Expanding refugee protection through international humanitarian law : driving on a highway or walking near the edge of the abyss ?
Refuge from inhumanity ? : war refugees and international humanitarian law
Leiden ; Boston : Brill Nijhoff, 2014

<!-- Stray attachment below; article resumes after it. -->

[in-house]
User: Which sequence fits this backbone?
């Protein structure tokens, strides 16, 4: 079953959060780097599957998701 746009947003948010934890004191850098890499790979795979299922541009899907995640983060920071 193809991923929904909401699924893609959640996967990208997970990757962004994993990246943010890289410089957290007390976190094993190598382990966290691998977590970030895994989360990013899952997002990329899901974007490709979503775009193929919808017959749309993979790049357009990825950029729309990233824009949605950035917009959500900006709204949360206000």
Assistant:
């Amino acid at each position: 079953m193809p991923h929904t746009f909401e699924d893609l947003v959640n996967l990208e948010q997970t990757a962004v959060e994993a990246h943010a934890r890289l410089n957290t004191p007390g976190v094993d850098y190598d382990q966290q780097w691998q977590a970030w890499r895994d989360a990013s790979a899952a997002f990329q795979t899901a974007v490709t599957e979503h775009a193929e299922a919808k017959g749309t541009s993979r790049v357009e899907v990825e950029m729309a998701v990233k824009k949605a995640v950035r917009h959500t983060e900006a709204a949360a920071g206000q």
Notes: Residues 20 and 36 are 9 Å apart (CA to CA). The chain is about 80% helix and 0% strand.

Stéphane Jaquemet observes that the majority of refugee law experts and decision makers emphasise the differences between IHL and IRL rather than highlighting the points of convergence. By contrast, the United Nations Security Council is an enthusiastic — at times overenthusiastic — advocate of a more creative and protective interface between IRL, IHL and HRL. To get out of what he calls a ‘sterile debate’ between the pro and anti-IHL-reading, Jaquemet proposes a different approach that goes back to the basics of both national and international protection. In a country at war, he argues, the indicators of national protection are squarely located in the interaction between I HL and HRL. Nolens volens, the existence of grave breaches of IHL and serious violations of HRL will indicate a failure of national protection and be the trigger for international protection. By using IHL (and HRL) to determine the scope of national protection, and IRL (and HRL) for that of international protection, the interface gains in depth whilst the integrity of each branch of law is preserved.